Mary Meeker's 2016 Internet Trends Report

Mary Meeker, a venture capitalist and the head of Bond Capital, presented her research on the upcoming trends in Internet technologies in 2016. Her yearly presentation has become quite an industry event and a trend in itself.  As you watch, identify two or three key trends that interest you most.

Re-Imagining People and Computers: Voice

A new paradigm in human/computer interaction is how Meeker introduces her analyses of this segment, one that she discusses at length over 22 slides. She notes that there have been "innovations every decade over the past 75 years, from punch cards for informatics in the early 19th century right up to voice on mobile and on connected devices in the second decade of the 21st century.

The time is now for the next development, Meeker says, citing significant improvements in speech recognition technologies and capabilities, and natural language recognition and processing, that lends credence to the claim that voice should be the most efficient form of computing input.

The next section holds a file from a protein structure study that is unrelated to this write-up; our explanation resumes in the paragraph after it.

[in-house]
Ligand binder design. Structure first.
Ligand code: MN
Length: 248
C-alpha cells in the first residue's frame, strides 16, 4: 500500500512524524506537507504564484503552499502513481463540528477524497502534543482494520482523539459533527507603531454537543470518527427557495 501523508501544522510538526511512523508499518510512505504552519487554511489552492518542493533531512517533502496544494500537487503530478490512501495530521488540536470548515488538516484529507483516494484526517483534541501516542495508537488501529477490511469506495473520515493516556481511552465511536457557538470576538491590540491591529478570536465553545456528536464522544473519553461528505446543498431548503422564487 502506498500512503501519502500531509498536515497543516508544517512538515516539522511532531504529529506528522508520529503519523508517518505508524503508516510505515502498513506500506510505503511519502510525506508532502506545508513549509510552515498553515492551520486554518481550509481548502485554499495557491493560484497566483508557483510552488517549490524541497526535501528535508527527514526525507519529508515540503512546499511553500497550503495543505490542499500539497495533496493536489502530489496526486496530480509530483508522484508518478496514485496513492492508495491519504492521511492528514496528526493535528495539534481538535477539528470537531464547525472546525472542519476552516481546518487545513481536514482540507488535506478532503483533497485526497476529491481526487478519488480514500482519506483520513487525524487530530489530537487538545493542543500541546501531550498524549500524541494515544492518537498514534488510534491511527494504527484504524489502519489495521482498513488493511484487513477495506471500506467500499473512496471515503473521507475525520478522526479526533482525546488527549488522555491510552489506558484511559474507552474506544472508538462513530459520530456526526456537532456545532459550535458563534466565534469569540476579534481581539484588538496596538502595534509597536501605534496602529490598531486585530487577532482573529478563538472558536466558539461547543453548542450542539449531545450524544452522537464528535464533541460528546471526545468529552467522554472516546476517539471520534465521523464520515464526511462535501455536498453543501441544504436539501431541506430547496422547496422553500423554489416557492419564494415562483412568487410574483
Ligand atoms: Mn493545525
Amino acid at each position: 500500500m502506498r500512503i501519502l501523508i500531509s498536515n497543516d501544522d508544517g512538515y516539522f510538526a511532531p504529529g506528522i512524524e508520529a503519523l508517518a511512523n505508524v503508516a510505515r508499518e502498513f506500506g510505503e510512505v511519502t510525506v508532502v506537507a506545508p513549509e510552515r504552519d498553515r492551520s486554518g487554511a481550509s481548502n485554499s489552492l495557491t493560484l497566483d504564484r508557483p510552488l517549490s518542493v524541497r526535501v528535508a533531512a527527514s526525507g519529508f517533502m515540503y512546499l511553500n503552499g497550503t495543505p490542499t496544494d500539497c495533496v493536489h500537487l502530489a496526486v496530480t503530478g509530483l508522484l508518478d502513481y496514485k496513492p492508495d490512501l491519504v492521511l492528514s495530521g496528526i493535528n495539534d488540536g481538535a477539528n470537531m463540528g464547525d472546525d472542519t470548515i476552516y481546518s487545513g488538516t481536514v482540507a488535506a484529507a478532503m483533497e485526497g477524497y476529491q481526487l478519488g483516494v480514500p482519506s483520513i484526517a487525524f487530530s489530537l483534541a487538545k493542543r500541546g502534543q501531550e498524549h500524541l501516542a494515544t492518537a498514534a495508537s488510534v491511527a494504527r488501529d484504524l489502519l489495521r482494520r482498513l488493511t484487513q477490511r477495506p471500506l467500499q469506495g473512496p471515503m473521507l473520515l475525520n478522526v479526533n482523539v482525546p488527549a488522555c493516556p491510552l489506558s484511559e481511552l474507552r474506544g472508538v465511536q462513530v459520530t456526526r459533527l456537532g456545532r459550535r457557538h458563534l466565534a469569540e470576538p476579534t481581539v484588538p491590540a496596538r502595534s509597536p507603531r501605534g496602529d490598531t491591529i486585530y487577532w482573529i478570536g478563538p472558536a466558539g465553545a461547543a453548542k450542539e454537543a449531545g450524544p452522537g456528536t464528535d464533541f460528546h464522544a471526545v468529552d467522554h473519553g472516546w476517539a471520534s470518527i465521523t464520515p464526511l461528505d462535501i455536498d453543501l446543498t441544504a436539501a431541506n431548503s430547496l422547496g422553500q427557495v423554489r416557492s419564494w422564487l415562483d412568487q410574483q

I'd also add reference in the slide above to current real-world (and rapidly evolving) capabilities with conversational speech recognition that IBM Watson is capable of as described in this VentureBeat report last April. Look at this aspect of machine speech recognition in a year's time and see evolution in front of your eyes.

The computing interface is evolving from keyboards to microphones and keyboards (keypads on mobile devices), Meeker says, but adding "it's still early innings". She's clearly a baseball (or cricket) fan.

Note the growth of "Navigate home" over the past three years, with the obvious connection to being mobile (eg, primarily in a car).

I talk to my phone all the time; pretty soon, it will look like I'll no longer seem weird to most people.

Meeker then considers voice as the computing interface in the context of hands and vision-free that expands the concept of 'always on' when you're busy or unable to use your hands or give something your full visual attention.

The correlation between 'reason' and 'setting' is not hard to grasp where 'Home' is the most popular. 'Work' hasn't made it up the ranking (yet). What I think is highly significant is the second most popular setting – the car.